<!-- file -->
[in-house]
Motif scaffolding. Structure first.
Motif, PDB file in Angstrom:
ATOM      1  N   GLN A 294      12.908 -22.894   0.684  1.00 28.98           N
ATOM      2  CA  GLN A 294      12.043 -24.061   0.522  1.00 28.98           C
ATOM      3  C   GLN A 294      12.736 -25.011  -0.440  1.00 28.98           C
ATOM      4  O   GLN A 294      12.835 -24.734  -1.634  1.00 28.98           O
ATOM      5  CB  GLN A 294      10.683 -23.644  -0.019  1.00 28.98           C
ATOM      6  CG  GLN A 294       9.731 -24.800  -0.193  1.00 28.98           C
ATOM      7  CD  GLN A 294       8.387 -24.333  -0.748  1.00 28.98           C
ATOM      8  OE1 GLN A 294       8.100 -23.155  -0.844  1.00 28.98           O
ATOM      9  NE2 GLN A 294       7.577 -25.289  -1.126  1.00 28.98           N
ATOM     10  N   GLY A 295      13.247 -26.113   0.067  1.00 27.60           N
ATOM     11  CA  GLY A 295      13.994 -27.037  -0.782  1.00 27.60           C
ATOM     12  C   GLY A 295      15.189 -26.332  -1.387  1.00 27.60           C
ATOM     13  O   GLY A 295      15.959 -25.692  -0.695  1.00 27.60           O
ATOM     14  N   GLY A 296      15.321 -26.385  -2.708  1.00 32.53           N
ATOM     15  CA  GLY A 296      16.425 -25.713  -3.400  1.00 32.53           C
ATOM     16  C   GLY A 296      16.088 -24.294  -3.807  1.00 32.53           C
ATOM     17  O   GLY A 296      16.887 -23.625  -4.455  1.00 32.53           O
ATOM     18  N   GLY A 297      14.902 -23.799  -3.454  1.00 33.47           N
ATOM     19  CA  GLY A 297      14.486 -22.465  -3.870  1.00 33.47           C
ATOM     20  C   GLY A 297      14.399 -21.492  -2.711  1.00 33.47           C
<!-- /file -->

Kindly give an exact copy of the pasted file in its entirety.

[in-house]
Motif scaffolding. Structure first.
Motif, PDB file in Angstrom:
ATOM      1  N   GLN A 294      12.908 -22.894   0.684  1.00 28.98           N
ATOM      2  CA  GLN A 294      12.043 -24.061   0.522  1.00 28.98           C
ATOM      3  C   GLN A 294      12.736 -25.011  -0.440  1.00 28.98           C
ATOM      4  O   GLN A 294      12.835 -24.734  -1.634  1.00 28.98           O
ATOM      5  CB  GLN A 294      10.683 -23.644  -0.019  1.00 28.98           C
ATOM      6  CG  GLN A 294       9.731 -24.800  -0.193  1.00 28.98           C
ATOM      7  CD  GLN A 294       8.387 -24.333  -0.748  1.00 28.98           C
ATOM      8  OE1 GLN A 294       8.100 -23.155  -0.844  1.00 28.98           O
ATOM      9  NE2 GLN A 294       7.577 -25.289  -1.126  1.00 28.98           N
ATOM     10  N   GLY A 295      13.247 -26.113   0.067  1.00 27.60           N
ATOM     11  CA  GLY A 295      13.994 -27.037  -0.782  1.00 27.60           C
ATOM     12  C   GLY A 295      15.189 -26.332  -1.387  1.00 27.60           C
ATOM     13  O   GLY A 295      15.959 -25.692  -0.695  1.00 27.60           O
ATOM     14  N   GLY A 296      15.321 -26.385  -2.708  1.00 32.53           N
ATOM     15  CA  GLY A 296      16.425 -25.713  -3.400  1.00 32.53           C
ATOM     16  C   GLY A 296      16.088 -24.294  -3.807  1.00 32.53           C
ATOM     17  O   GLY A 296      16.887 -23.625  -4.455  1.00 32.53           O
ATOM     18  N   GLY A 297      14.902 -23.799  -3.454  1.00 33.47           N
ATOM     19  CA  GLY A 297      14.486 -22.465  -3.870  1.00 33.47           C
ATOM     20  C   GLY A 297      14.399 -21.492  -2.711  1.00 33.47           C